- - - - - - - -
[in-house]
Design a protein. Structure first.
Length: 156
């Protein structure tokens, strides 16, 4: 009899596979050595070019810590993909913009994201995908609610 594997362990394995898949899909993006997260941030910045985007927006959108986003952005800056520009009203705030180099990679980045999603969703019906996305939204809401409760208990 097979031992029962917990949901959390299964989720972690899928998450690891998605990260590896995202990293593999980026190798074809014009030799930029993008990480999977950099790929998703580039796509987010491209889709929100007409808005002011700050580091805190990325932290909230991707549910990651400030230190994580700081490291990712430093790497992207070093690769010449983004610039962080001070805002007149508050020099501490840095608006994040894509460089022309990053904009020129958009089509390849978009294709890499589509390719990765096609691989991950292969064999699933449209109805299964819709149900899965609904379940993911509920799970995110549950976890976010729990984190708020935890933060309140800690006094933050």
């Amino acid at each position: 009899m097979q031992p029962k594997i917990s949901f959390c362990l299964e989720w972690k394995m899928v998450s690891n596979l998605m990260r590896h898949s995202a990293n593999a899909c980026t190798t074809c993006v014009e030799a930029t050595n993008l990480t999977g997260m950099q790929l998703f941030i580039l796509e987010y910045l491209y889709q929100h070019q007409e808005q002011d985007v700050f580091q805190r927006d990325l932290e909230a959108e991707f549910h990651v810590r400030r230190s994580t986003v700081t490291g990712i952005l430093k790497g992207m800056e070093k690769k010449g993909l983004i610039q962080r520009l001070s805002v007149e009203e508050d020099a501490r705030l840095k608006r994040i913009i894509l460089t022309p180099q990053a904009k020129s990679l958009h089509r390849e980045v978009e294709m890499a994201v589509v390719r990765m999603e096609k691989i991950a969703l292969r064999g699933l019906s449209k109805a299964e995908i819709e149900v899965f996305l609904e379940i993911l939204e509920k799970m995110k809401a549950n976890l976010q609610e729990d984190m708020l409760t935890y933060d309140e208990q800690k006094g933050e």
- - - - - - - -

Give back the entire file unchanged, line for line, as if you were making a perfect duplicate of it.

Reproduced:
[in-house]
Design a protein. Structure first.
Length: 156
């Protein structure tokens, strides 16, 4: 009899596979050595070019810590993909913009994201995908609610 594997362990394995898949899909993006997260941030910045985007927006959108986003952005800056520009009203705030180099990679980045999603969703019906996305939204809401409760208990 097979031992029962917990949901959390299964989720972690899928998450690891998605990260590896995202990293593999980026190798074809014009030799930029993008990480999977950099790929998703580039796509987010491209889709929100007409808005002011700050580091805190990325932290909230991707549910990651400030230190994580700081490291990712430093790497992207070093690769010449983004610039962080001070805002007149508050020099501490840095608006994040894509460089022309990053904009020129958009089509390849978009294709890499589509390719990765096609691989991950292969064999699933449209109805299964819709149900899965609904379940993911509920799970995110549950976890976010729990984190708020935890933060309140800690006094933050």
């Amino acid at each position: 009899m097979q031992p029962k594997i917990s949901f959390c362990l299964e989720w972690k394995m899928v998450s690891n596979l998605m990260r590896h898949s995202a990293n593999a899909c980026t190798t074809c993006v014009e030799a930029t050595n993008l990480t999977g997260m950099q790929l998703f941030i580039l796509e987010y910045l491209y889709q929100h070019q007409e808005q002011d985007v700050f580091q805190r927006d990325l932290e909230a959108e991707f549910h990651v810590r400030r230190s994580t986003v700081t490291g990712i952005l430093k790497g992207m800056e070093k690769k010449g993909l983004i610039q962080r520009l001070s805002v007149e009203e508050d020099a501490r705030l840095k608006r994040i913009i894509l460089t022309p180099q990053a904009k020129s990679l958009h089509r390849e980045v978009e294709m890499a994201v589509v390719r990765m999603e096609k691989i991950a969703l292969r064999g699933l019906s449209k109805a299964e995908i819709e149900v899965f996305l609904e379940i993911l939204e509920k799970m995110k809401a549950n976890l976010q609610e729990d984190m708020l409760t935890y933060d309140e208990q800690k006094g933050e």